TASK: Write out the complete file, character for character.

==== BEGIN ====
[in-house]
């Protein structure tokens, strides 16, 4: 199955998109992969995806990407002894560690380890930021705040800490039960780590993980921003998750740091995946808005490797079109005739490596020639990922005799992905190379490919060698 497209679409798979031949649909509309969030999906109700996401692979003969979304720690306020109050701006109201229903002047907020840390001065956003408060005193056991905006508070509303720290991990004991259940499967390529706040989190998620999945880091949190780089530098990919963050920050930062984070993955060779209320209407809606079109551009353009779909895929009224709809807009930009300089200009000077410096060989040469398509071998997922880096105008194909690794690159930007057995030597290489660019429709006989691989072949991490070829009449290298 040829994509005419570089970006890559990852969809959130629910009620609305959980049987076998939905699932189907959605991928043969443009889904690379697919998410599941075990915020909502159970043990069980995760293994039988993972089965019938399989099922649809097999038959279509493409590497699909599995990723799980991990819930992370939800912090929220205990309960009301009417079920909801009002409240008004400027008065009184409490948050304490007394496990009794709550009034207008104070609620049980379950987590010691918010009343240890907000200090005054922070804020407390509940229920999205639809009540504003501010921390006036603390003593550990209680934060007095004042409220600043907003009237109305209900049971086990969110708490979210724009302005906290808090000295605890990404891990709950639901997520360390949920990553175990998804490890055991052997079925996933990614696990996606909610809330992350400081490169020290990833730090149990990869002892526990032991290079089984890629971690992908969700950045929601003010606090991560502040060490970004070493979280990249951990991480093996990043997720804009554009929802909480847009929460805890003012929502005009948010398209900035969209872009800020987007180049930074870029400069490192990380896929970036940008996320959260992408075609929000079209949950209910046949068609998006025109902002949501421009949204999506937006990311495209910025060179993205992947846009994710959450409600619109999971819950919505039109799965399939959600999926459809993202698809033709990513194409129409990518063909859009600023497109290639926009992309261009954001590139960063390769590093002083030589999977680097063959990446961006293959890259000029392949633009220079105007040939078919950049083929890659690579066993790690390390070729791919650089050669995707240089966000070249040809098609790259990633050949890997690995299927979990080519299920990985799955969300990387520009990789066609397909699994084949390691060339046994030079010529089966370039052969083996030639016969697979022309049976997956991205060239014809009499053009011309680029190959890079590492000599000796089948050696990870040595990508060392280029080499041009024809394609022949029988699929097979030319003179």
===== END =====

[in-house]
């Protein structure tokens, strides 16, 4: 199955998109992969995806990407002894560690380890930021705040800490039960780590993980921003998750740091995946808005490797079109005739490596020639990922005799992905190379490919060698 497209679409798979031949649909509309969030999906109700996401692979003969979304720690306020109050701006109201229903002047907020840390001065956003408060005193056991905006508070509303720290991990004991259940499967390529706040989190998620999945880091949190780089530098990919963050920050930062984070993955060779209320209407809606079109551009353009779909895929009224709809807009930009300089200009000077410096060989040469398509071998997922880096105008194909690794690159930007057995030597290489660019429709006989691989072949991490070829009449290298 040829994509005419570089970006890559990852969809959130629910009620609305959980049987076998939905699932189907959605991928043969443009889904690379697919998410599941075990915020909502159970043990069980995760293994039988993972089965019938399989099922649809097999038959279509493409590497699909599995990723799980991990819930992370939800912090929220205990309960009301009417079920909801009002409240008004400027008065009184409490948050304490007394496990009794709550009034207008104070609620049980379950987590010691918010009343240890907000200090005054922070804020407390509940229920999205639809009540504003501010921390006036603390003593550990209680934060007095004042409220600043907003009237109305209900049971086990969110708490979210724009302005906290808090000295605890990404891990709950639901997520360390949920990553175990998804490890055991052997079925996933990614696990996606909610809330992350400081490169020290990833730090149990990869002892526990032991290079089984890629971690992908969700950045929601003010606090991560502040060490970004070493979280990249951990991480093996990043997720804009554009929802909480847009929460805890003012929502005009948010398209900035969209872009800020987007180049930074870029400069490192990380896929970036940008996320959260992408075609929000079209949950209910046949068609998006025109902002949501421009949204999506937006990311495209910025060179993205992947846009994710959450409600619109999971819950919505039109799965399939959600999926459809993202698809033709990513194409129409990518063909859009600023497109290639926009992309261009954001590139960063390769590093002083030589999977680097063959990446961006293959890259000029392949633009220079105007040939078919950049083929890659690579066993790690390390070729791919650089050669995707240089966000070249040809098609790259990633050949890997690995299927979990080519299920990985799955969300990387520009990789066609397909699994084949390691060339046994030079010529089966370039052969083996030639016969697979022309049976997956991205060239014809009499053009011309680029190959890079590492000599000796089948050696990870040595990508060392280029080499041009024809394609022949029988699929097979030319003179």